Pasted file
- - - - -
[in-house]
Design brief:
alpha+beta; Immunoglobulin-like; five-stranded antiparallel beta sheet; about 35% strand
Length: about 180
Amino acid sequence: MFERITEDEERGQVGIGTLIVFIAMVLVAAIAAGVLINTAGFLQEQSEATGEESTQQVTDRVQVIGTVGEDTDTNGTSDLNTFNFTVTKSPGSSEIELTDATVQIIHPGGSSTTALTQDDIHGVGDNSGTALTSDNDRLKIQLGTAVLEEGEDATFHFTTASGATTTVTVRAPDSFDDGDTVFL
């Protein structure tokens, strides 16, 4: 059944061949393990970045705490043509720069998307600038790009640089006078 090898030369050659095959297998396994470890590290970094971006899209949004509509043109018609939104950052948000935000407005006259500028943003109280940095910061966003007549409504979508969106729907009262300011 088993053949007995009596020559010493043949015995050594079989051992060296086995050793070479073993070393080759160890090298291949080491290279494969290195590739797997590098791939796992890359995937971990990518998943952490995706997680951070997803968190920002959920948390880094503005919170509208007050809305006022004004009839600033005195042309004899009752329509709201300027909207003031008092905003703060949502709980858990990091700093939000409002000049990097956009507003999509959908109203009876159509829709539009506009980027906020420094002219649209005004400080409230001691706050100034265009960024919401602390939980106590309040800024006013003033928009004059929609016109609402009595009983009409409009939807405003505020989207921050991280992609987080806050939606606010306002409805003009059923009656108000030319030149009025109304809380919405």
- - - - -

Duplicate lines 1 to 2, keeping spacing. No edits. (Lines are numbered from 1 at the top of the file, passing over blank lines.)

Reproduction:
[in-house]
Design brief: